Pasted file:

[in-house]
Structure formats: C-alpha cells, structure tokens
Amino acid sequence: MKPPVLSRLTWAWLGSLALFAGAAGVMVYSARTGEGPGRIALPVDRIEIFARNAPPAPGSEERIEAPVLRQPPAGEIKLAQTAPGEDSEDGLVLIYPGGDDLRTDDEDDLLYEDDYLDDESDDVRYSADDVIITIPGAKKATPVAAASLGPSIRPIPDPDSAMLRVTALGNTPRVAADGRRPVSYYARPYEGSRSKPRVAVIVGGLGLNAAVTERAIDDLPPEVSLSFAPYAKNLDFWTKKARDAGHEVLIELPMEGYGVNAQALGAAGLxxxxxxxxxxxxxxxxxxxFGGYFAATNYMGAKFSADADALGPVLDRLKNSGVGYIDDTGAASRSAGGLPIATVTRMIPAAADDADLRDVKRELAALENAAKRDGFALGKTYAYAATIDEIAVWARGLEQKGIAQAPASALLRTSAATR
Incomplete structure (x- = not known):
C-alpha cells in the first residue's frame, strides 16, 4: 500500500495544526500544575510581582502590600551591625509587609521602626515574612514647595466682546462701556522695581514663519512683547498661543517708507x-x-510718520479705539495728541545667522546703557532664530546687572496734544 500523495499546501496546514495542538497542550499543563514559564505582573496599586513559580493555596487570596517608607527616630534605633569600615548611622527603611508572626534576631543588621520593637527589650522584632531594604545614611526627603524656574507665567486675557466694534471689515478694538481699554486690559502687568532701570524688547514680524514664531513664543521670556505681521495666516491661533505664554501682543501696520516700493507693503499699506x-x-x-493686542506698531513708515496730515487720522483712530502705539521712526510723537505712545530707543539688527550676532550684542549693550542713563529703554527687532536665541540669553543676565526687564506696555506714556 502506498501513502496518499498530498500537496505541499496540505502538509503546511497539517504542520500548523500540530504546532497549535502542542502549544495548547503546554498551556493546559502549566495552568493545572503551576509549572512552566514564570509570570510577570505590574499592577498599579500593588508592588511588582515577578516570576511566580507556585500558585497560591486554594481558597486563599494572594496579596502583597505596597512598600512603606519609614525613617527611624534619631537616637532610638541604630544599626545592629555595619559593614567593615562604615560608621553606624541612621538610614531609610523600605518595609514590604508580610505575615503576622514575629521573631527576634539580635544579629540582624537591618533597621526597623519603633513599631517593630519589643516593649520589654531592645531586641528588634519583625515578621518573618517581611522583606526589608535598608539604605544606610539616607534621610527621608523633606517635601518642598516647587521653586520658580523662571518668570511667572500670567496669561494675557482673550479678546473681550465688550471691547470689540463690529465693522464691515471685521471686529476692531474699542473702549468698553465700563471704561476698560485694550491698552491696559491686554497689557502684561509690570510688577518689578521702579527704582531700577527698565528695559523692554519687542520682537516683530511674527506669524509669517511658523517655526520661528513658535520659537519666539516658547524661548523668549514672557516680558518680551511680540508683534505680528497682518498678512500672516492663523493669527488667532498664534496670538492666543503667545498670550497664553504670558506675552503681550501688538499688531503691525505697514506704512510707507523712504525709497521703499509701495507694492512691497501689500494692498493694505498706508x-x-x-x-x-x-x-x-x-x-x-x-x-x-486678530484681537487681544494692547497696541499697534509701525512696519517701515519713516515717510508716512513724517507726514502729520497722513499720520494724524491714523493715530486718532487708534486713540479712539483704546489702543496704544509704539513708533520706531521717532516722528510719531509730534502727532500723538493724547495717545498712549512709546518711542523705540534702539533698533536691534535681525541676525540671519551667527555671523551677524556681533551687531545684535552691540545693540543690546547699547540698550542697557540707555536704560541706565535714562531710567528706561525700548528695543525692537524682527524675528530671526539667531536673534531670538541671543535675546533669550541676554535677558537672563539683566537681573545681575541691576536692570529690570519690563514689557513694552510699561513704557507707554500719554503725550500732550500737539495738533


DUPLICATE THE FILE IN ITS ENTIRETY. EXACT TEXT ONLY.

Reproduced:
[in-house]
Structure formats: C-alpha cells, structure tokens
Amino acid sequence: MKPPVLSRLTWAWLGSLALFAGAAGVMVYSARTGEGPGRIALPVDRIEIFARNAPPAPGSEERIEAPVLRQPPAGEIKLAQTAPGEDSEDGLVLIYPGGDDLRTDDEDDLLYEDDYLDDESDDVRYSADDVIITIPGAKKATPVAAASLGPSIRPIPDPDSAMLRVTALGNTPRVAADGRRPVSYYARPYEGSRSKPRVAVIVGGLGLNAAVTERAIDDLPPEVSLSFAPYAKNLDFWTKKARDAGHEVLIELPMEGYGVNAQALGAAGLxxxxxxxxxxxxxxxxxxxFGGYFAATNYMGAKFSADADALGPVLDRLKNSGVGYIDDTGAASRSAGGLPIATVTRMIPAAADDADLRDVKRELAALENAAKRDGFALGKTYAYAATIDEIAVWARGLEQKGIAQAPASALLRTSAATR
Incomplete structure (x- = not known):
C-alpha cells in the first residue's frame, strides 16, 4: 500500500495544526500544575510581582502590600551591625509587609521602626515574612514647595466682546462701556522695581514663519512683547498661543517708507x-x-510718520479705539495728541545667522546703557532664530546687572496734544 500523495499546501496546514495542538497542550499543563514559564505582573496599586513559580493555596487570596517608607527616630534605633569600615548611622527603611508572626534576631543588621520593637527589650522584632531594604545614611526627603524656574507665567486675557466694534471689515478694538481699554486690559502687568532701570524688547514680524514664531513664543521670556505681521495666516491661533505664554501682543501696520516700493507693503499699506x-x-x-493686542506698531513708515496730515487720522483712530502705539521712526510723537505712545530707543539688527550676532550684542549693550542713563529703554527687532536665541540669553543676565526687564506696555506714556 502506498501513502496518499498530498500537496505541499496540505502538509503546511497539517504542520500548523500540530504546532497549535502542542502549544495548547503546554498551556493546559502549566495552568493545572503551576509549572512552566514564570509570570510577570505590574499592577498599579500593588508592588511588582515577578516570576511566580507556585500558585497560591486554594481558597486563599494572594496579596502583597505596597512598600512603606519609614525613617527611624534619631537616637532610638541604630544599626545592629555595619559593614567593615562604615560608621553606624541612621538610614531609610523600605518595609514590604508580610505575615503576622514575629521573631527576634539580635544579629540582624537591618533597621526597623519603633513599631517593630519589643516593649520589654531592645531586641528588634519583625515578621518573618517581611522583606526589608535598608539604605544606610539616607534621610527621608523633606517635601518642598516647587521653586520658580523662571518668570511667572500670567496669561494675557482673550479678546473681550465688550471691547470689540463690529465693522464691515471685521471686529476692531474699542473702549468698553465700563471704561476698560485694550491698552491696559491686554497689557502684561509690570510688577518689578521702579527704582531700577527698565528695559523692554519687542520682537516683530511674527506669524509669517511658523517655526520661528513658535520659537519666539516658547524661548523668549514672557516680558518680551511680540508683534505680528497682518498678512500672516492663523493669527488667532498664534496670538492666543503667545498670550497664553504670558506675552503681550501688538499688531503691525505697514506704512510707507523712504525709497521703499509701495507694492512691497501689500494692498493694505498706508x-x-x-x-x-x-x-x-x-x-x-x-x-x-486678530484681537487681544494692547497696541499697534509701525512696519517701515519713516515717510508716512513724517507726514502729520497722513499720520494724524491714523493715530486718532487708534486713540479712539483704546489702543496704544509704539513708533520706531521717532516722528510719531509730534502727532500723538493724547495717545498712549512709546518711542523705540534702539533698533536691534535681525541676525540671519551667527555671523551677524556681533551687531545684535552691540545693540543690546547699547540698550542697557540707555536704560541706565535714562531710567528706561525700548528695543525692537524682527524675528530671526539667531536673534531670538541671543535675546533669550541676554535677558537672563539683566537681573545681575541691576536692570529690570519690563514689557513694552510699561513704557507707554500719554503725550500732550500737539495738533